FileName.ext  : the delimiter is the (last) dot

FileName.EXT : the extension is EXT


The extension defines the file "type", eg text file, executable file, database file or graphic file or .... Actually a remnant from old DOS 8.3 filename limits, it has proven its usefullness over the years and today even normaly "extension-free" systems like UNIX use more and more extensions. An extension lets not only the user easily find out what sort of file it is, but even the OS (or other programs) can easily associate certain file-extensions with certain programs, thus eg starting a certain application when the user clicks on a certain (data-)file.

Thats the theory. In practice it shows that the combinations out of 3 letters are limited and thus there are ambiguities. Since there are absolutely no further investigations done by the OS what concerns the file-type, misunderstandings can happen. Indeed they happen more and more, the more identical extensions are used by different programs. Although today there is no more need to reduce the extension to 3 characters, it seems most programmers stick to it.

So even unexperienced users should be aware of the fact that a .doc file - from a friend, out of the net - needs not necessarily be a Word document, that dll's aren't limited to the dll-extension (Microsoft themselves in their ultimate wisdom breaks this rule often), that some extensions are used by ten different programs(with differing content well understood!).

So if you got a file with an unknown extension or with a well known extension that the associated program can't understand, this extension list can be a first hint what sort of file it may be. If the here listed program too can't open your file, further investigation is necessary. There are automatic file-recognition programs in the net, but their capabilities are limited. Most of them use only the extension to find out what the file actually is. Experienced users will use "dump" or "list" to find out what sort of program it is (for dump or list see soon the new converter page here ). But a lot of knowledge and skill is necessary to find out in this way what the file actually is. Further information on file formats can be found on e.g. www.wotsit.org   (very special information normaly thought only for programmers).



 Associating File Extensions under Windows

To associate a file extension with an application:

  1. In a folder or Explorer Window, click View, Options on the Menu Bar. Click on the File Types tab to display the File Types dialog.
  2. Click the New Type button to display the New File Type dialog.
  3. Type a description and a three or more letter extension in the appropriate text boxes. You do not have to type the period.
  4. Click the New button to display the New Action dialog. Type the action you want in the Action text box. To start an application, type Open.
  5. Type the application used to perform the action in the Application text box. Use the complete path to the application and add any desired command line parameters. You can use the Browse button to find the application.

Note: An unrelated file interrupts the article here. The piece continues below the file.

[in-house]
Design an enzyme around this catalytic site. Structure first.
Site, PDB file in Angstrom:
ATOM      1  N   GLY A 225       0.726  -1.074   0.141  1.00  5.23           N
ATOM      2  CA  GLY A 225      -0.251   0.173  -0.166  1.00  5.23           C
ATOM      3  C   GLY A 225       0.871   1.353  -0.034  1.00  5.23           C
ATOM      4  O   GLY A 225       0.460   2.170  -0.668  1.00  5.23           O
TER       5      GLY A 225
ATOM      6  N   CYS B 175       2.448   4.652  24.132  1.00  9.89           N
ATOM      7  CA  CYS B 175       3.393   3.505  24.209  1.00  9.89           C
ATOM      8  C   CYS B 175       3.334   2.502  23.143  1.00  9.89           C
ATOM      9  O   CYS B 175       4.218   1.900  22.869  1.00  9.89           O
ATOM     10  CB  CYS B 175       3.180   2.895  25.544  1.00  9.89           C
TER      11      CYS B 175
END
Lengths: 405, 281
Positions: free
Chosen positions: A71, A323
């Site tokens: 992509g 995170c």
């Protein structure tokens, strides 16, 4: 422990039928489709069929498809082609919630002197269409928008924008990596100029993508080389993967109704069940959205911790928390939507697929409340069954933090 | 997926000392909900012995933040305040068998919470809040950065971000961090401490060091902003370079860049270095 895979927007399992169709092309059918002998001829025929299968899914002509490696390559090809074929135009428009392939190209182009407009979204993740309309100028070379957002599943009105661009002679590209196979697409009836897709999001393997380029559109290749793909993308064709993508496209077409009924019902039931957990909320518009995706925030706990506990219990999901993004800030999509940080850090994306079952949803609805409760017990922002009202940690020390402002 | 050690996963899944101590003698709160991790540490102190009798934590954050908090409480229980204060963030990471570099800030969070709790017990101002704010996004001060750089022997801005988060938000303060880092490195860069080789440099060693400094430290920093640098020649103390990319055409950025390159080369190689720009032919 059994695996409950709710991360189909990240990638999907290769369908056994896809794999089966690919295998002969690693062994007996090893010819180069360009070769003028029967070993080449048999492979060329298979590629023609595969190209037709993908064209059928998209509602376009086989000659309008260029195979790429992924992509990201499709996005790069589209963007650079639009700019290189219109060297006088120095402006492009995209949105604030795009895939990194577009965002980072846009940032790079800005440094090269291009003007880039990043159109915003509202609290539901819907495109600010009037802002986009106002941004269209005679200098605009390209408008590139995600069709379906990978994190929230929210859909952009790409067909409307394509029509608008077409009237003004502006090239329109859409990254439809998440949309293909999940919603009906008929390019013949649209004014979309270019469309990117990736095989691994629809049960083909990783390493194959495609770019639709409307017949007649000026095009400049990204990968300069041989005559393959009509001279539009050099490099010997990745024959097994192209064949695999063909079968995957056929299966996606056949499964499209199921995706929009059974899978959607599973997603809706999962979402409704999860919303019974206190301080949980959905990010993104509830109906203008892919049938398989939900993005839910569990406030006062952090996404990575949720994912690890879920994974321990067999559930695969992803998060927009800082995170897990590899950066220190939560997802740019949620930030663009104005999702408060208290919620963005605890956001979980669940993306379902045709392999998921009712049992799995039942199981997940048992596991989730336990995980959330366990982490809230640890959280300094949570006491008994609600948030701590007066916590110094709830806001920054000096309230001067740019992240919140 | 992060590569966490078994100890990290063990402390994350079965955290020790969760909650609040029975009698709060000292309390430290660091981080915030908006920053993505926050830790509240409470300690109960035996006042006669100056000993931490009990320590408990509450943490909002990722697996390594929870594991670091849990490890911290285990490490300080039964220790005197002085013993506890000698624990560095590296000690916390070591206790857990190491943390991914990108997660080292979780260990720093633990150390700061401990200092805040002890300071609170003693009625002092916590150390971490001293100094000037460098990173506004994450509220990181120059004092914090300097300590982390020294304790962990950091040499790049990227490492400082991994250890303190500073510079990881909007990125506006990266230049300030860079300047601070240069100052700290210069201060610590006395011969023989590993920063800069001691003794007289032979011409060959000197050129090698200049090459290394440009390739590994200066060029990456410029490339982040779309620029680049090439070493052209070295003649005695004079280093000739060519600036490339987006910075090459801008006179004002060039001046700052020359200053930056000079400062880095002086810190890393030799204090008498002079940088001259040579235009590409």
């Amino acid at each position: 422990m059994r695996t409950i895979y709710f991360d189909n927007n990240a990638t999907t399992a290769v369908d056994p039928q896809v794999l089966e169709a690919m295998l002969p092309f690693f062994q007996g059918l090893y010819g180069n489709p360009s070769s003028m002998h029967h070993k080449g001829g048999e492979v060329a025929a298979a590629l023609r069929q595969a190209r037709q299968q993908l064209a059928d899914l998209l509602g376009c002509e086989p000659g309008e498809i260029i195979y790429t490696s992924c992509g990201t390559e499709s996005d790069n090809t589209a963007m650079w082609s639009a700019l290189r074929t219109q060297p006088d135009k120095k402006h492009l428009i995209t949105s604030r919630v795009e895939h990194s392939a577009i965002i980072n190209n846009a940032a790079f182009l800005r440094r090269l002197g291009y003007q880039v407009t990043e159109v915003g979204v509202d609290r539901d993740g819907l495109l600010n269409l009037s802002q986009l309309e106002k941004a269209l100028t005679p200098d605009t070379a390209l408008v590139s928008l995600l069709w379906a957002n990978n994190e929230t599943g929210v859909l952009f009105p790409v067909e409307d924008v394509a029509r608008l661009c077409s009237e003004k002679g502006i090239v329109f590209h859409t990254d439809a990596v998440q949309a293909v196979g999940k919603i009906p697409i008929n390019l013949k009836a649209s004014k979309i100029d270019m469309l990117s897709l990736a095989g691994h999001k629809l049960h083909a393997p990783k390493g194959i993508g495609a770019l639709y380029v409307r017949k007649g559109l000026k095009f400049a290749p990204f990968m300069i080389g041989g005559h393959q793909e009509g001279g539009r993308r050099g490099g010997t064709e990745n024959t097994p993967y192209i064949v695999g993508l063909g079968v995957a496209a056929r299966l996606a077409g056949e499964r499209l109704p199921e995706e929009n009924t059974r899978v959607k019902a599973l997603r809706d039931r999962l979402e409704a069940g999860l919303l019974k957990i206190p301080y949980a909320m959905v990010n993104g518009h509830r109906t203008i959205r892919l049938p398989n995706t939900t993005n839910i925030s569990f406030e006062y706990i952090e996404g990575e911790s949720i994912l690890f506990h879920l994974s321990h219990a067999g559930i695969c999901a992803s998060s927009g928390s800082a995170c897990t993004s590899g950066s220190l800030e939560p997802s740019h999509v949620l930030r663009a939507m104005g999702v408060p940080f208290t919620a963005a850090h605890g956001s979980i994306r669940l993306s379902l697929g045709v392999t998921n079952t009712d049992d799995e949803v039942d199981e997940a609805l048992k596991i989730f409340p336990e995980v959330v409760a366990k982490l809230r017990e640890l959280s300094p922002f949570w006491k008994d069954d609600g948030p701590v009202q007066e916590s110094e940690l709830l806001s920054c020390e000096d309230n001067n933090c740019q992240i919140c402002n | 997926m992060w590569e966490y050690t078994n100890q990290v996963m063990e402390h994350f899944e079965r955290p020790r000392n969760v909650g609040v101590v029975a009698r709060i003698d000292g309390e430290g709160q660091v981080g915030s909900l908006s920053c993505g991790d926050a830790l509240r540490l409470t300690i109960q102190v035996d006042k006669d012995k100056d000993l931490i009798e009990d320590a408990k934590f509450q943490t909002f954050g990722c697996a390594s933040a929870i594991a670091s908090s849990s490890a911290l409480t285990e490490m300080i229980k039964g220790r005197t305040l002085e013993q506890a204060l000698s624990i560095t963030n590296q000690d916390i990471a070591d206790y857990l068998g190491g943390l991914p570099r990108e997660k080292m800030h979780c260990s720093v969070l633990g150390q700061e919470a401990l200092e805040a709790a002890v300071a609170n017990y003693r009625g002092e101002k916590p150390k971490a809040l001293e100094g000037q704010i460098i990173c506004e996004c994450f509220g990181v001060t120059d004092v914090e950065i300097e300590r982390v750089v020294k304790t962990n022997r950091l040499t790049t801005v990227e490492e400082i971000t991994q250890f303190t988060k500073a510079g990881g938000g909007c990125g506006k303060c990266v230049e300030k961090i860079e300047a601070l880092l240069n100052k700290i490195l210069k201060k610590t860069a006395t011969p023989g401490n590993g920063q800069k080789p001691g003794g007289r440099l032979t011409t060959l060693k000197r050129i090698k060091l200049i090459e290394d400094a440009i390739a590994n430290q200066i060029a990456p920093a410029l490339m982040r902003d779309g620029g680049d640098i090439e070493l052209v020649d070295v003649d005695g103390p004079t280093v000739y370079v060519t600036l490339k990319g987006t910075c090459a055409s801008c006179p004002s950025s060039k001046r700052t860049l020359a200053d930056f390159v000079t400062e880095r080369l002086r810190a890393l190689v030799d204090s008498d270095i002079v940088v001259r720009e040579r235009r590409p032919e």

6. Click OK. Repeat this procedure if you wish to define more than one action.
  7. Select an icon for the new file type if you don't wish to use the default icon or if there is no icon defined (MS-DOS applications).
  8. Click OK to save your new file type.

Note: You cannot duplicate an extension already registered.

You can change a previously registered file type (but not the extension) by highlighting its description and clicking the Edit button. If you wish to change the extension, you must delete that extension first, then create the new extension as described above.

Associating Multiple Registered File Extensions

You can associate multiple extensions with one file type by doing the following:

  1. Create a new file type as described above.
  2. For each additional extension, perform only steps 1-3 described above and do NOT type a description. Do NOT specify an action.
  3. Click OK
  4. Open the Registry Editor.
  5. Expand the HKEY_CLASSES_ROOTS branch and scroll down the list of extensions until you find the one you entered in step 1.
  6. Highlight the extension and note the text in the right pane of the Registry Editor. This should correspond to what you typed in the Description box.
  7. Locate each additional extension you added in step 2. Highlight the extension.
  8. Double-click the word Default in the right pane. Change the text in the Value data text box in the Edit String dialog to match the text in step 5.
  9. Scroll down past the extensions to the file types. You should find the file type you described in step 1.
  10. Locate the first extension you entered in step 2. Highlight it and press the Delete key. Click OK to confirm the deletion. Repeat this procedure for any remaining extensions.
  11. Close the Registry Editor and check your work by double-clicking on a file with each extension. The desired application should run with the file opened for editing.


If you couldn't find the extension you searched:

 the list is permanently enhanced, revisit this site in a month or so.

More info on file types, Mac file types, Unix file types


Select Extension by starting letter:

A - B - C - D - E - F - G - H - I - J - K - L - M - N - O - P - Q - R - S - T - U -

V - W - X - Y - Z - OTHER - Allowed chars in Filenames

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If you find an extension missing, write! No guaratee given for completeness or correctness. If you feel an extension is outdated, write!
Authors and retailers: it is in the interest of us all and our customers to avoid the double use of extensions! Please help us keep this compilation up to date!
Send extension data to: update@file-ext.4uj.org
Compilation Copyright (c) R.Cooper-Bitsch, visit: also: www.sunorbit.net